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Jens Lindemann, guest conductor, with Ben Hay and Steve Leisring perform 'Song of Hope' with the Southeast Kansas Symphony at the Bicknel Center on Oct. 30. Clarissa Worley

Midwest Trumpet Festival returns to PSU 

Jens Lindemann, guest conductor, with Ben Hay and Steve Leisring perform ‘Song of Hope’ with the Southeast Kansas Symphony at the Bicknel Center on Oct. 30. Clarissa Worley

Brock Willard managing editor 

After a COVID-induced hiatus, the Midwest Trumpet Festival, organized by PSU professor of trumpet Todd Hastings, returned to the campus of Pittsburg State University. 

The festival, taking place from Sunday, Oct. 30 to Monday, Oct. 31, featured a number of musical events from full ensemble concerts to student and faculty recitals, to workshops with guest artists to masterclasses in which students could participate. The festival was also held in conjunction with the opening night of the Southeast Kansas Symphony at Pittsburg State’s season and featured a guest artist, Jens Lindemann, an internationally recognized trumpet player. The festival also featured trumpet students and faculty from across the country who traveled to Pittsburg State University. 

“I don’t know if life changing is too big a word, but this is all really a thrill and a half,” Hastings said. “I went to all these big schools for my education, and we didn’t have anything like this… Sure, I got to go to the symphony, but I certainly didn’t get to meet, have dinner with, talk to these big-name artists. The students here have an incredible opportunity with the Trumpet Festival.” 

Hastings began the Trumpet Festival after urging from a former student.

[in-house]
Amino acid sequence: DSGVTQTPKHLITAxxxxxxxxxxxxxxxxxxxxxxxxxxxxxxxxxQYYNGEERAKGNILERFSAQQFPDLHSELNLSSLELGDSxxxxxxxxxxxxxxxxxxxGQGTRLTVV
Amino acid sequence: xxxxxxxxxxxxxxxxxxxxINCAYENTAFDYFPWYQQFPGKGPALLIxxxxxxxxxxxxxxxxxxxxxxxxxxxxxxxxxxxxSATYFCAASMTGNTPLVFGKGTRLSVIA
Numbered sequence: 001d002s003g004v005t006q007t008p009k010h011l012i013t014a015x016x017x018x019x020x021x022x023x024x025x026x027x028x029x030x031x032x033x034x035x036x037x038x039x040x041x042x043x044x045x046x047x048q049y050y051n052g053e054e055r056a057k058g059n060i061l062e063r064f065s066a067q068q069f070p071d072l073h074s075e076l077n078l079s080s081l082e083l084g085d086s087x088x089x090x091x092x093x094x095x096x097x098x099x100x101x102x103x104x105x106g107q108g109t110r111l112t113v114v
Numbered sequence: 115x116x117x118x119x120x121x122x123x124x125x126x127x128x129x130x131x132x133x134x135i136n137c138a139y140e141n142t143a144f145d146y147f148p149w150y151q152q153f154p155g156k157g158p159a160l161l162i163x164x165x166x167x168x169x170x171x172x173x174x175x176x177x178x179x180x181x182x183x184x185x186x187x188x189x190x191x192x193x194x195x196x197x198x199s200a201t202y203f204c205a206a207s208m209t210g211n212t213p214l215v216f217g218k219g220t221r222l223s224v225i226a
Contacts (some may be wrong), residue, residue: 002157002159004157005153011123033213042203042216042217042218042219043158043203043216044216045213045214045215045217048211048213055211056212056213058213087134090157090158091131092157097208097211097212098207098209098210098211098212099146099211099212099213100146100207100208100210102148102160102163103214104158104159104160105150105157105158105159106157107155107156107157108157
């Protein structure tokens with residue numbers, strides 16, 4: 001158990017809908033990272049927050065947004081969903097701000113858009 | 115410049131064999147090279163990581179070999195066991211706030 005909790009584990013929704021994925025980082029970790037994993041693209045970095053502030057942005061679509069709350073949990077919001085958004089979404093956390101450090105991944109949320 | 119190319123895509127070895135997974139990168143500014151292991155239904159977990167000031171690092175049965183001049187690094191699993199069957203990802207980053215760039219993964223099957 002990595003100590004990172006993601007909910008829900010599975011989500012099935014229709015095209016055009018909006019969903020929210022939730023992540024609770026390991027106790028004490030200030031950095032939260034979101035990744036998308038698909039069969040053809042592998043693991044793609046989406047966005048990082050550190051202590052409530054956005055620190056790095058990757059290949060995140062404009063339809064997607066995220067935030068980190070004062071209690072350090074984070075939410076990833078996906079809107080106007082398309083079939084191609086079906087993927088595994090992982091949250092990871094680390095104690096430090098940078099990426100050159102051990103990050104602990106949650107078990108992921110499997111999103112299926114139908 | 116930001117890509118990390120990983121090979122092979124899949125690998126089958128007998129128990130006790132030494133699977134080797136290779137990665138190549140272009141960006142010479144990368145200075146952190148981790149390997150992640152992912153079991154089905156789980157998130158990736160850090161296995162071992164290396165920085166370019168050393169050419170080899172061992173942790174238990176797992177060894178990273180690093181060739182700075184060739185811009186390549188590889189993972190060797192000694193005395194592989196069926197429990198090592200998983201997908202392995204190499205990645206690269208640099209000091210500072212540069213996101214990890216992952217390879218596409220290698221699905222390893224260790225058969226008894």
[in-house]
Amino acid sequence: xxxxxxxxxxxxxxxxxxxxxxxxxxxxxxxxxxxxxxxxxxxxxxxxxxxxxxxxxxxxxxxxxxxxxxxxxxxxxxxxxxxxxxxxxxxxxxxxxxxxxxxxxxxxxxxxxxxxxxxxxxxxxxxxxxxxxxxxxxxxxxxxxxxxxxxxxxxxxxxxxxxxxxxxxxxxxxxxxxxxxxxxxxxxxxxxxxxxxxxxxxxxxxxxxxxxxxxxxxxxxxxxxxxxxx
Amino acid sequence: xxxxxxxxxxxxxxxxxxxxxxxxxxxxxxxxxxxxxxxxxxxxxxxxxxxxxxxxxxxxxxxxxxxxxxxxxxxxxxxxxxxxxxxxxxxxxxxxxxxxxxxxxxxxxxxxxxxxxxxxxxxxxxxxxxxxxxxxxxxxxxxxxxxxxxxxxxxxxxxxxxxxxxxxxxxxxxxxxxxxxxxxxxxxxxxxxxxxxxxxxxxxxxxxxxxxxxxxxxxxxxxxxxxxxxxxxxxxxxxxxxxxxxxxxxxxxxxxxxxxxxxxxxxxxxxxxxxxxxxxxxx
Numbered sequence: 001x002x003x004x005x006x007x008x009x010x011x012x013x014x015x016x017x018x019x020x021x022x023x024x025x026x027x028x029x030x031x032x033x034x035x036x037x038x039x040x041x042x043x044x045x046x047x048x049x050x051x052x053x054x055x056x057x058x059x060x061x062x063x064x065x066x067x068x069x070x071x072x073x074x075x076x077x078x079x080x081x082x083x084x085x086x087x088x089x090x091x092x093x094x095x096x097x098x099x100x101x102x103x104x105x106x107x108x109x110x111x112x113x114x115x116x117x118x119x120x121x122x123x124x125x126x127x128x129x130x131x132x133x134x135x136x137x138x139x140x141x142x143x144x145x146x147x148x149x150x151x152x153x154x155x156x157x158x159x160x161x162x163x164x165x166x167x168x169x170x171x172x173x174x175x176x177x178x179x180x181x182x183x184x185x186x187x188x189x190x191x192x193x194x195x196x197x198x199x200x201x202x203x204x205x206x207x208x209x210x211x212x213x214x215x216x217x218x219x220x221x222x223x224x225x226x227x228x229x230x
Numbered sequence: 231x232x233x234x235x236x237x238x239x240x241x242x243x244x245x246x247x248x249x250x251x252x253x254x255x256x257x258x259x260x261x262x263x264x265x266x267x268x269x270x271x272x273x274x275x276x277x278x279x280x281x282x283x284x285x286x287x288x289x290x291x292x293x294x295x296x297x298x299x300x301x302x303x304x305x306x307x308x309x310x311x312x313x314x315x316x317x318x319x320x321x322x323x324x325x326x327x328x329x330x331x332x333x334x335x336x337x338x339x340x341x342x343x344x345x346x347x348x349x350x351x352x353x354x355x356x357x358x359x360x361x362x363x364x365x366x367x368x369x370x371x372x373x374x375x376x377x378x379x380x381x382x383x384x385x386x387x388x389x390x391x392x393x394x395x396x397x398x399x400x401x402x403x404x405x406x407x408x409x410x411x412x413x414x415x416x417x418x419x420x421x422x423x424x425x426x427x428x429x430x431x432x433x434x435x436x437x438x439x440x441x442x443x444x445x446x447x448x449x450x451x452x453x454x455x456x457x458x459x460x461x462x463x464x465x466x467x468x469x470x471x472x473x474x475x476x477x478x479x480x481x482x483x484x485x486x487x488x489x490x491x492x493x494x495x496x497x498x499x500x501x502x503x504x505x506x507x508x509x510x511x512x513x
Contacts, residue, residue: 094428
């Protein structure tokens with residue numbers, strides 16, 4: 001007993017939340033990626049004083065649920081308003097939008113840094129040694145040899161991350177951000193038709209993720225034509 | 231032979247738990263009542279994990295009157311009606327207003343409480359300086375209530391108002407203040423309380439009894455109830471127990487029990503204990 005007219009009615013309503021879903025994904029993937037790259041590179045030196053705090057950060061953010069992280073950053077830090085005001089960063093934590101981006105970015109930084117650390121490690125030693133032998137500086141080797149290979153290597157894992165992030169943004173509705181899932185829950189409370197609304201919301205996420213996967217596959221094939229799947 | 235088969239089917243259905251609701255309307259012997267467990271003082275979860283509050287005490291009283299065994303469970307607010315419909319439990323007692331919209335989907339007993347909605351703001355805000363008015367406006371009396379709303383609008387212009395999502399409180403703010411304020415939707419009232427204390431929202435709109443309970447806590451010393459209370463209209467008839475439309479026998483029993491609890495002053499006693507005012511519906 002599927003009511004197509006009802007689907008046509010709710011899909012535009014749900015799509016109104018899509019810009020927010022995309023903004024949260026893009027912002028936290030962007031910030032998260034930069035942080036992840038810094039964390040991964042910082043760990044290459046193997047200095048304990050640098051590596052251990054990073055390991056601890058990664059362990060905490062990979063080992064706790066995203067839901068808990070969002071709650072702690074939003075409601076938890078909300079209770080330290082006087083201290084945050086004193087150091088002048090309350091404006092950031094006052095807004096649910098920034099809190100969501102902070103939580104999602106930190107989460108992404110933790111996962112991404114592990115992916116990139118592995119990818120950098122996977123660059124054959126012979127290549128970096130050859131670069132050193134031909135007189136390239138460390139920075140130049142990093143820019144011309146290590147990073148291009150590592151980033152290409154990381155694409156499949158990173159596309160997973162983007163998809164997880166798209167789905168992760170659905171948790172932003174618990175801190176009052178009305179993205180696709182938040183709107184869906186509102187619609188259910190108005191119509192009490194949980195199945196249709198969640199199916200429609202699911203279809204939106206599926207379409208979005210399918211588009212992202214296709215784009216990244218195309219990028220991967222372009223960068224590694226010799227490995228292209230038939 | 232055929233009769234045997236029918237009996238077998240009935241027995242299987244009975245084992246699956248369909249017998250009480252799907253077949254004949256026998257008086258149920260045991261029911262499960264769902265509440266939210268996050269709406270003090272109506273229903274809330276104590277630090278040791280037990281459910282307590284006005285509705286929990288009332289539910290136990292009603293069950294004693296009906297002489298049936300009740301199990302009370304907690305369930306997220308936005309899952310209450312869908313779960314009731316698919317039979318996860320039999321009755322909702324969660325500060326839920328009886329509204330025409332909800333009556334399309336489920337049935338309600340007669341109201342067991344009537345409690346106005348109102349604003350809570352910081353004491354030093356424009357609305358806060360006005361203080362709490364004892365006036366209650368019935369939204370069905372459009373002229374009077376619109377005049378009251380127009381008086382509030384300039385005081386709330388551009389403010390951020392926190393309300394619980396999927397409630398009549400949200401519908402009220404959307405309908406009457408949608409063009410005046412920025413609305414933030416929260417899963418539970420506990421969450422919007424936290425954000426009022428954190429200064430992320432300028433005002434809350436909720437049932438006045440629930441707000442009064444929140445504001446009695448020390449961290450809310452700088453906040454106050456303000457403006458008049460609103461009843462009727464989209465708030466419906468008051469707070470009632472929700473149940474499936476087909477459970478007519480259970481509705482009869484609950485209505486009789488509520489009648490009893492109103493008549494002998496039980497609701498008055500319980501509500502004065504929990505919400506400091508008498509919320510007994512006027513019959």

“This all began with a student I had, Will Koehler, who’s got his doctorate in trumpet now. I said to him during a lesson, ‘You know we should do a trumpet day sometime,’ and he just wouldn’t let it go. Every other week, he’d come into his lesson and say, ‘Hey, when we doing trumpet day?’ And eventually, I did it to keep Will quiet. I started by hiring friends of mine that were kind of famous in the trumpet world and they also just got to come see me..,” Hastings said. 

Hastings initially did on-the-ground style fundraising every Friday to support the Trumpet Festival but went in a different direction for fundraising after some time. 

“Because I got to hire my friends, I didn’t have to raise a lot of money, but after about four years, I ran out of friends in high places, and I went out knocking on business doors every Friday trying to raise money and that’s when I decided to start an endowment so that I wouldn’t have to spend my Fridays fundraising..,” Hastings said, 

Currently, the endowment fund for the Midwest Trumpet Festival sits at approximately 40,000 dollars. Hastings’ goal is to increase that fund to 100,000 dollars. 

“We’ve got 40,000 which is good, but we’re only allowed to spend the interest, not the principal on the fund. On a good year, we get a ten percent return, and on a bad year, we get about four percent back. We also have sponsors like Ernie-Williamson Music this year that help us out,” Hastings said. 

This is the 12th Midwest Trumpet Festival but a first collaboration with the Southeast Kansas Symphony at Pittsburg State University. 

“This year we were able to get Jens (Lindemann) because we collaborated with the Symphony. They helped finance some of the artists for sure. It was a great collaboration,” Hastings said. 

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